The Wallerawang Power Station was abandoned in 2014 and has remained dormant since then. (ABC News: Jonathan Hair)
With its main location on Lithgow's main street, Bev Matthews's curtain shop should be trading.
- Over 600 jobs were lost when the Wallerawang Power Station was closed in 2014
- The Bettergrow recycling company is looking to buy and redevelop the site
- He hopes to create 30 jobs in the next two years and up to 300 jobs in the coming years
But since the downturn began, the town has disappeared to be a shadow of itself.
"Unfortunately, Lithgow survives on the mines, which down down," he told ABC.
"There are not so many people hanging around, retail disappears."
Ms Matthews said that up to seven local businesses had closed over the past 18 months.
"It was a very real town," he said.
"We need to try to get people who want to live in Lithgow, rather than just those who retire to change trees."
On the street floor in the bakery, local people come to go, but there are not many young faces.
The owner of David Dowler fears the future of his town.
"I hope that it does not turn into town a spirit, but you know, perhaps," he said.
"We need more jobs for young people, you have to keep the young people around."
Some favor Lithgow's job losses at the Wallerawang Power Station, which closes in 2014.
The power station was sold to the state owned power of the Australian Australian power station, but soon after the sale it was treated and had been seated since then.
Deputy Mayor of Lithgow, Wayne McAndrew, said nearby mines started to ban workers around at the same time.
"We're going through a difficult time, and anyone who lives here would know that," he said.
"We were back in Wallerawang Power Station in 2014, and very soon after, closing the Angus Place colliery.
"This was a loss of over 600 permanent, full-time jobs, and you can understand the effect of flowing that," he said.
There is help on the way
It has been pushed to give a new life to the Wallerawang Power Station site, its redevelopment to bring new jobs to the region.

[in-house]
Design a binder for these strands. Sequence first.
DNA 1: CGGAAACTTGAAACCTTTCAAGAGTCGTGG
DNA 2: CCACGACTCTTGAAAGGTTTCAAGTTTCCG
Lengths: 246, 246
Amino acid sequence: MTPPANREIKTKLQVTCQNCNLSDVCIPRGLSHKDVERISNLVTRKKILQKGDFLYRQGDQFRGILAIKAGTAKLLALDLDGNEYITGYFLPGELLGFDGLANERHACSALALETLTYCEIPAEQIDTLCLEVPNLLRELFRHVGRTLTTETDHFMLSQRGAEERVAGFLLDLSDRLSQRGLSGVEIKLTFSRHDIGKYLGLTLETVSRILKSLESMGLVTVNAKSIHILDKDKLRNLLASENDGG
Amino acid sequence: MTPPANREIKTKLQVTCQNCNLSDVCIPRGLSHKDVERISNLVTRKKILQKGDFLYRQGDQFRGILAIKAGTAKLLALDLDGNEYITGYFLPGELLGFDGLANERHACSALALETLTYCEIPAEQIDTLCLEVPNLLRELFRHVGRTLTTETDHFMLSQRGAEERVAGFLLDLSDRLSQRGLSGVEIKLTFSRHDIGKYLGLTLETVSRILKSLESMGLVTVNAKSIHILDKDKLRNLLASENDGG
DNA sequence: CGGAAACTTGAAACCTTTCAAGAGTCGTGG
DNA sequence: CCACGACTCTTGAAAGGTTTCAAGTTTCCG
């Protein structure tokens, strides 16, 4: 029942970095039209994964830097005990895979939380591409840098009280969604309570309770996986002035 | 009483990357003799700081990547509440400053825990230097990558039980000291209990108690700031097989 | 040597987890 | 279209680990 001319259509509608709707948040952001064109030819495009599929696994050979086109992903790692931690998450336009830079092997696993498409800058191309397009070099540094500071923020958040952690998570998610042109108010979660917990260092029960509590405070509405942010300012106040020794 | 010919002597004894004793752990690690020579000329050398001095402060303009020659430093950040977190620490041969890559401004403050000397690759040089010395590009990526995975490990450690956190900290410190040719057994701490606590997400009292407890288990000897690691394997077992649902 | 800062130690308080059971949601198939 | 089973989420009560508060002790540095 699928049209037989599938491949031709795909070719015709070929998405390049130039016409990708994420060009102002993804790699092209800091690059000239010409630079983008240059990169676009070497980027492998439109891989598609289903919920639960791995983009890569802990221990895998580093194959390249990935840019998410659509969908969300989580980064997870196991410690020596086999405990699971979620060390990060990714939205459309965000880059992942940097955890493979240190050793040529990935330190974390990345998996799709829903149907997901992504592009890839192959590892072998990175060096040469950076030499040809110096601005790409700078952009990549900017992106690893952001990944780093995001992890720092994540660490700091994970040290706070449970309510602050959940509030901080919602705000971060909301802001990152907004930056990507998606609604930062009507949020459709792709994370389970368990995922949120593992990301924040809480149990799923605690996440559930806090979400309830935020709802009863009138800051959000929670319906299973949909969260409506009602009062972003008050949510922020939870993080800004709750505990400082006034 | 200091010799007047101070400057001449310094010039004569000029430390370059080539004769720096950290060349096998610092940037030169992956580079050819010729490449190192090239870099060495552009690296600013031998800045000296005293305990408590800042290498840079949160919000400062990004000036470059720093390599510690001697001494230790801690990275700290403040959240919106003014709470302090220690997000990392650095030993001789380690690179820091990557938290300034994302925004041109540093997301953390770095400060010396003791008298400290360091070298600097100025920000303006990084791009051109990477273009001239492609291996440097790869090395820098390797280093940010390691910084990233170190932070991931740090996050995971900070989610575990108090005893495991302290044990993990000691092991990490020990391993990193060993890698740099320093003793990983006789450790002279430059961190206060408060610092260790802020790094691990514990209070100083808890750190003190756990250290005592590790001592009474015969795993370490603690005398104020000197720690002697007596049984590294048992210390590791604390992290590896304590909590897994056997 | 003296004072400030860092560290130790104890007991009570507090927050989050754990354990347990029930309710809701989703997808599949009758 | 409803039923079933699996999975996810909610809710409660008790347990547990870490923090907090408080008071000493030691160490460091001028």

"I have resigned to the fact, unfortunately, that we will never see a power produced in Wallerawang," said Mr McAndrew.
"But we know that the website is very valuable for future job opportunities, if it is not completely demolished."
Energy Australia has announced a recycling company for Welgrow having unique access to the site so that it can decide whether it wants to buy.
"We were looking at part of the site for recycling and resource recovery," said Neil Schembri, Bettergrow General Manager.
"Since then the opportunity and site has evolved, we are now looking at buying the entire site."
Mr Schembri said once the approvals were in place, he would like to see up to 30 jobs created over a two-year period.
"Realistic to expect in the coming years would have 200-300 people in jobs on the site there," he said.
Although the town's talk in Lithgow is a re-development, some are concerned about who could end up any demolition work at the power station site.
In a press release recently, Energy Australia said that he had applied for permission to Lithgow City Council, "to re-institute plant infrastructure and surrounding land".
"This includes … it could get rid of the primary boiler, turbine hall, cooling towers, associated buildings and equipment such as coal handling carriers, overhead pipelines and electrical systems," he said.
Deputy Mayor Lithgow, Wayne McAndrew, said taxpayers could be raising the bill for some of the work, due to an agreement between the State Government and Australian Energy.
"We are told quite clearly, if the site is leveled, NSW residents and taxpayers, and NSW taxpayers, pay that cost."
But the State Government said it can not disclose if that's the case.
"The NSW Treasury works with Energy Australia on decommissioning, demolition and rehabilitation of the Wallerawang site," he said in a statement.
But he said that details of the sale agreement were confidential.
recycling and waste management,